***APPEAL: THE APPEAL SUCCEEDED ON THE FIRST ISSUE ALONE BECAUSE IT GOES TO JURISDICTION OF THE COURT.

I. Whether the learned trial Chief Judge was right in the circumstances to hold from the available evidence, that the Appellant was properly served?

RULING: IN APPELLANT’S FAVOUR.
A. If the respondent/cross-appellant knew that the “usual or last known place of abode or business” of the appellant for the past one year before the writ of summons was issued was that he was abroad, surely, I am of the candid opinion that paragraph 3 of Senator Kura Mohammed’s affidavit that the defendant resides at Plot 189, Off R. B. Dikko Road Asokoro in Abuja within the jurisdiction of this Honourable Court at the time of filing the application for issuance of the writ of summons is not supported by credible evidence. An “adult inmate” upon whom the processes are to be delivered where the Court grants leave that substituted service be effected, should be an adult person living in such a place. He or she is one who lives with others in a dwelling. It has to be shown that Musa Ishaya on whom the processes were delivered was an adult inmate at Plot 189 Off R.B. Dikko Road, Asokoro, Abuja and that he would be in a position to deliver the processes upon receipt to the appellant. This information or requirement is absent in Form 3. The Certificate of Service, Form 3 merely stated that the appellant was served the processes, “…at his residence,” on “Musa Ishaya.”

B. The respondent did not place before the lower Court an affidavit of service sworn to by the bailiff that effected service nor a certificate of service showing, “…the manner in which the person serving ascertained that he served the process on the right person” for “…every entry in the book or an office copy of any entry” to “be prima facie evidence of the several matters stated in it.” Without strict compliance with the provisions of Order 11 rules 5(1)-(2), 28 and 31 of the Rules (supra), it cannot be categorically asserted that a certificate of service coupled with an affidavit sworn to by a bailiff or the person that effected service constituted prima facie evidence that the processes were served on the right person.

C. The proceedings in the lower Court were commenced with an invalid writ of summons hence the delivery of the processes to Musa Ishaya was a nullity. The trial Court lacked the jurisdiction to hear the substantive suit and to enter judgment against the appellant. When a writ and service are nullities, the Court lacks the jurisdiction to make any competent pronouncements. This is because jurisdiction must be vested in a Court before the rights of a party can be determined. See Kalu vs. Odili (1992) 6 SCNJ (Pt. 1) 76 at 90.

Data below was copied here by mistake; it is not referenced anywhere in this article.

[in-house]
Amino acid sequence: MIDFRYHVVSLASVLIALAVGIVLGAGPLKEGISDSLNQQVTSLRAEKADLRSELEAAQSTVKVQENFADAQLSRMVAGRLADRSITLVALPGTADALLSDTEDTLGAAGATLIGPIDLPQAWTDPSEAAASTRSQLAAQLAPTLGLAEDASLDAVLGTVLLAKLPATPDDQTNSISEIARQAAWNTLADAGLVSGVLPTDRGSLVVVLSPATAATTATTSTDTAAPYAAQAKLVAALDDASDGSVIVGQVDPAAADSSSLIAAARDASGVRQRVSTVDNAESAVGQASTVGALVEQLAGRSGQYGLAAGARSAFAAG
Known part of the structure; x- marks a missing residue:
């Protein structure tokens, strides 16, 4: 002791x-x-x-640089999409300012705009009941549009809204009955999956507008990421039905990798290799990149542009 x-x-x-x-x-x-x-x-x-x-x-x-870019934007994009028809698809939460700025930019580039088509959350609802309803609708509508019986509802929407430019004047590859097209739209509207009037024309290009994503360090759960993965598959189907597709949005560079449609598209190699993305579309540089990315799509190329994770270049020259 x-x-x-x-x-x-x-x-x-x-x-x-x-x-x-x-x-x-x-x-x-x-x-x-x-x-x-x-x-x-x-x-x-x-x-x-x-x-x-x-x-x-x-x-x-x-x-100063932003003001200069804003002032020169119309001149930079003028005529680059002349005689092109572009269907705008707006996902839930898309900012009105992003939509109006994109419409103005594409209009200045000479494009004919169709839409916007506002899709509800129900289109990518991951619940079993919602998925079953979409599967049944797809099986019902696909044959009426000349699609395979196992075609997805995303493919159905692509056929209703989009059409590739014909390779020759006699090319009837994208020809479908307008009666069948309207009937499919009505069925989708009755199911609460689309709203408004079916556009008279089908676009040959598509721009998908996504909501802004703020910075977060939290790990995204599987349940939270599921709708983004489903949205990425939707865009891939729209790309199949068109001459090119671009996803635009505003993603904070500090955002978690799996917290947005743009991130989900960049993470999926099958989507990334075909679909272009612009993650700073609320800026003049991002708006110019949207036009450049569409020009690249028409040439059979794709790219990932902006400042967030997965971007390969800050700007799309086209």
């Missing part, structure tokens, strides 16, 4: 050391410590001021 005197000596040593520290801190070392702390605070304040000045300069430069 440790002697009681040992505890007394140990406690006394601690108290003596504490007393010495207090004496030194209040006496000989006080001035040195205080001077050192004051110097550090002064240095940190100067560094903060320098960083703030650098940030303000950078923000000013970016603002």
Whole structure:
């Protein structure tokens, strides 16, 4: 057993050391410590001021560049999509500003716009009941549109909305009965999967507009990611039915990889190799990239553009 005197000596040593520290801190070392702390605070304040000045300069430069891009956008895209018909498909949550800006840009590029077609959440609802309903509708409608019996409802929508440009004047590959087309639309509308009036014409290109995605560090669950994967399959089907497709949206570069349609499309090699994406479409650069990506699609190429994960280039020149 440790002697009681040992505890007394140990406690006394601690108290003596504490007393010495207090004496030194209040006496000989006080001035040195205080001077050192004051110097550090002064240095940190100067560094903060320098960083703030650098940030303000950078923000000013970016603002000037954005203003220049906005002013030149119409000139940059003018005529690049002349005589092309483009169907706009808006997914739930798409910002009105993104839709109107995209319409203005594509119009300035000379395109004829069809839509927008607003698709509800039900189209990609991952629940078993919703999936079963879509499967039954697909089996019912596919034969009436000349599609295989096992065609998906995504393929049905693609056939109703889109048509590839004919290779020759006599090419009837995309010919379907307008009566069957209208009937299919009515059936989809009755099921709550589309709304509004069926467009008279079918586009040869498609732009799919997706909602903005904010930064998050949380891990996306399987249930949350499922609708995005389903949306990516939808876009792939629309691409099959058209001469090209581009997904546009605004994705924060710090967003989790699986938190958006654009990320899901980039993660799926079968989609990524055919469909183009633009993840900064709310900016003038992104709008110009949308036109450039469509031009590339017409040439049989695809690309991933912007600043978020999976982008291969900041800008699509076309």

.
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II. Whether the Ruling delivered on 23rd September, 2010 is a nullity having regards to its delivery almost one year after conclusion of final addresses?

Available:  Skye Bank Plc v. Haruna & Ors (CA/K/264/2011, 17th December, 2014)

RULING: IN RESPONDENT’S FAVOUR.
A. The appellant has not shown how he suffered a miscarriage of justice though the delivery of the ruling was in contravention of Section 294(1) of the Constitution (supra). The miscarriage of justice which the appellant established was not in the delivery of the ruling outside the ninety days period prescribed by the Constitution but is in issuing a Writ and serving the processes by way of substituted service within jurisdiction when at the time of issuance and service of the processes the appellant was outside the jurisdiction of the Court.
.
.
III. Whether the judgment ought to have been set aside on grounds that it was obtained by fraud and that the judgment enforced an illegal agreement?

RULING: IN RESPONDENT’S FAVOUR.
A. Furthermore, the appellant has not been able to establish that the contract was illegal. In Osborn’s Concise Law Dictionary, 9th edition, edited by Sheila Bone, page 198, the learned author defines the word “illegal” as “An act which the law forbids. It can be contrasted with acts which the law will disregard, such as a void (q.v.) contract.” The author then describes an “illegal contract” as “A contract that is prohibited by statute (e.g. under the Gaming Act, 1845) or at Common Law as being contrary to public policy (such as agreements in restraint of marriage). It is void (q.v.) and neither party can recover money paid under it.”

B. I cannot see how the provisions of the above statute [Section 10(a)(i) and (ii) of the Independent Corrupt Practices and Other Related Offences Act, 2000] can by any stretch of judicial interpretation be construed to apply to Exhibit “A” which is the foundation of the relationship between the appellant and the respondent to be an “illegal contract”. The Independent Corrupt Practices and Other Related Offences Act No. 5 of 2000 define in Section 2a “Public Officer” to mean, “a person employed or engaged in any capacity in the public service of the Federation…”etc. In paragraph 5 of the affidavit in support of the exparte application sworn to on 23rd December, 2005 the deponent described himself as a “Public Affairs Consultant”. See also paragraph 5 of the affidavit in support of the substantive motion on notice sworn to by the deponent on the same 23rd December, 2005. There is nothing from all the processes filed in the Court below by the appellant to the contrary. I therefore hold that the provisions of Section 10(a)(i) and (ii) of the Independent Corrupt Practices and Other Related Offences Act No. 5 of 2000 has no application to the facts of this appeal.